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Wolfe, Edward Chatham

Date of birth:
November 9th, 1911 (Hong Kong, United Kingdom)
Date of death:
April 1994
Service number:
British (1801-present, Kingdom)


Before the war Edward Wolfe worked at a fire-engineer's firm. After a joy-ride in a Vickers Virginia and a De Haviland Moth he decided to join the RAFVR in March 1935. A year later he was granted a short service commision in the regular RAF
Wolfe received his wings on 30 july 1936 and joined No. 64 Squadron in October 1936. He was also very active in sports in the RAF winning many cups and medals for running and football.
After a conversion to Blenheim Mk 1’s for night- fighting in September 1939 Wolfe was posted to 219 Squadron at Catterick. On the 13th September he was posted to command No 141 Squadron. In March 1942 he was given command of 456 RAAF Squadron. More postings followed until the end of the war. Edward Wolfe was released from the RAF on the 17th December 1945 as a Wing Commander, having flown thirty six different types of aircraft and amassing 2018 flying hours, 459 of those on night flying.
He then started flying commercially in Iran delivering freight and passengers until his retirement in 1963 having flown a total of 11,375 hours in both military and civil aircraft.

23 March,1936: Acting Pilot officer (probation)
27 January,1937: Pilot Officer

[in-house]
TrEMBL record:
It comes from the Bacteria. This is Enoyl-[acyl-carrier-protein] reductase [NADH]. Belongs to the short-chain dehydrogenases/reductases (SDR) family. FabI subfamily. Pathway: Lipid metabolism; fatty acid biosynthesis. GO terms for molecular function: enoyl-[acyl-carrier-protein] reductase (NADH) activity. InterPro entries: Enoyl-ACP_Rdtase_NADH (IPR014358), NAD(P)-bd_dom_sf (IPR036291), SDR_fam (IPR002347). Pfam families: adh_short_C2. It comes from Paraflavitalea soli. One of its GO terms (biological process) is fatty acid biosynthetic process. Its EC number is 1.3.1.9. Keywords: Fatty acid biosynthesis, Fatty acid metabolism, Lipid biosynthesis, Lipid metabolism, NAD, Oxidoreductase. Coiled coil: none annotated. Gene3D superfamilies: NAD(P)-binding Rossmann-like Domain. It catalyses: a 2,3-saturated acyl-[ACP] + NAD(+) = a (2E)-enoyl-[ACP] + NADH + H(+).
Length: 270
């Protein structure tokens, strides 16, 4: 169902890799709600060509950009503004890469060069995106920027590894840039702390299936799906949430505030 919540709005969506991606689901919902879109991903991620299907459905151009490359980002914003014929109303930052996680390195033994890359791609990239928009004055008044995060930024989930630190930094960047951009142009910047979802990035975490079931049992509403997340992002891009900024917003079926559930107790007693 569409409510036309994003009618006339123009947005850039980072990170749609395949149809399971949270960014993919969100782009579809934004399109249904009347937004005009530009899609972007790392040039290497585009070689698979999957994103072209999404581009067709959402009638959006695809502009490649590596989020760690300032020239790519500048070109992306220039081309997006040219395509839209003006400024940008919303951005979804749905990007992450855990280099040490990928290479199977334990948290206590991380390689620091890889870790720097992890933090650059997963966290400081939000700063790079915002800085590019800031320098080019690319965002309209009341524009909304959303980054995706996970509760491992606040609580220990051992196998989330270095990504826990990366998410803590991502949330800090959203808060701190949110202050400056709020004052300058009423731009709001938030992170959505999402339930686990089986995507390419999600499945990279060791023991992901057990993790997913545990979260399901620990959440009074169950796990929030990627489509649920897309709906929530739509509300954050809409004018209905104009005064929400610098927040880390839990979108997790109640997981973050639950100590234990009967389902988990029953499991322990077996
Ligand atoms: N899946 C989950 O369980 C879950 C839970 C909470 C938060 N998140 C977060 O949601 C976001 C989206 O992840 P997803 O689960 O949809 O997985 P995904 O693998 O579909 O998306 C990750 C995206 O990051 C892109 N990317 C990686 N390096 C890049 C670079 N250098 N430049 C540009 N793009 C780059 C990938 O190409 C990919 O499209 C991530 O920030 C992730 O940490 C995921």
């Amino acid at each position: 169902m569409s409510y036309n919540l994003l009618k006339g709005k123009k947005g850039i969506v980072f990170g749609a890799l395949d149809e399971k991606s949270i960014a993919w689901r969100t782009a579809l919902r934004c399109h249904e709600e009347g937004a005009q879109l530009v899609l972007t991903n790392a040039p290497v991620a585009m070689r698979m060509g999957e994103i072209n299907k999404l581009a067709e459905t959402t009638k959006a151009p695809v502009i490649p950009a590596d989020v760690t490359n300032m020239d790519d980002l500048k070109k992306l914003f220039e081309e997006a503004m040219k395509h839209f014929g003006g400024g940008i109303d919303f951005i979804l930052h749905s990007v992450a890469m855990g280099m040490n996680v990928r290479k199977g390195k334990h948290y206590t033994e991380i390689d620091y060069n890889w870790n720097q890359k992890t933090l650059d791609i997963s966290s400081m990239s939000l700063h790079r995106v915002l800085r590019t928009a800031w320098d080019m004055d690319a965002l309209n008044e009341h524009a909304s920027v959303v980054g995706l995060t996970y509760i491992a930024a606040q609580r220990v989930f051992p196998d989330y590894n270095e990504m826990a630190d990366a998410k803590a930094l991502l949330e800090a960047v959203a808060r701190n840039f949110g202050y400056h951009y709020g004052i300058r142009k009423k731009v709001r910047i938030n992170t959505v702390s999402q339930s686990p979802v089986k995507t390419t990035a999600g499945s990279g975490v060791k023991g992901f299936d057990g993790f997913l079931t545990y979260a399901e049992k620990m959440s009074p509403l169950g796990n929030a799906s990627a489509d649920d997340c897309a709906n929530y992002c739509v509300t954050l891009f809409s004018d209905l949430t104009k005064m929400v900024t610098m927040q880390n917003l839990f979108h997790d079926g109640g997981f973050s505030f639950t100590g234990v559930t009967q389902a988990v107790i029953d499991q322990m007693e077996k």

20 May, 1938: Acting Flying Officer
27 October, 1938: Flying Officer
3 September, 1940: Flight Lieutenant
1 December, 1941: Temporary Squadron Leader
27 June, 1942: Squadron Leader (war sub)
1 July, 1944: Temporary Wing Commander

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Second World War (1939-1945)
Acting Squadron Leader
Awarded on:
May 30th, 1941
"On the night of 6/7th May 1941, S/Ldr Wolfe was on patrol over Glasgow when he sighted an enemy aircraft. He immediately closed to the attack while ordering his air-gunner to withhold fire until they were within 20yds of their objective. His courage and determination in closing with the enemy to such short-range enabled him to remain ‘in formation’ while the enemy carried out evasive action, thus bringing his combat to a successful conclusion. The enemy aircraft still carrying a full load of bombs crashed to the ground and burst into flames. This officer has completed 174 hours night-flying since the outbreak of war during which time he has carried out no less than 40 operational flights by night. Since assuming command of 141 Squadron in September 1940 he has always shown great determination, skill and courage and his leadership has undoubtedly imbued his pilots with the same characteristics."
Distinguished Flying Cross (DFC)
Second World War (1939-1945)
Acting Wing Commander
Awarded on:
June 14th, 1945
Mentioned in Dispatches
Second World War (1939-1945)
Acting Wing Commander
Awarded on:
July 9th, 1946
Haakon VII's frihetskors
Second World War (1939-1945)

1939-1945 Star


  • - The London Gazette Issue 34272 published on the 7 April 1936
    - The London Gazette Issue 34376 published on the 2 March 1937
    - The London Gazette Issue 34401 published on the 25 May 1937
    - The London Gazette Issue 34526 published on the 28 June 1938
    - The London Gazette Issue 34570 published on the 15 November 1938
    - The London Gazette Issue 34986 published on the 5 November 1940
    - The London Gazette Issue 35176 published on the 30 May 1941
    - The London Gazette Issue 35383 published on the 16 December 1941
    - Third Supplement to The London Gazette Issue 35717 published on the 22 September 1942
    - Fourth Supplement to The London Gazette Issue 36618 published on the 18 July 1944
    - Supplement to The London Gazette Issue 37642 published on the 5 July 1946
    - Battle of Britain London Monument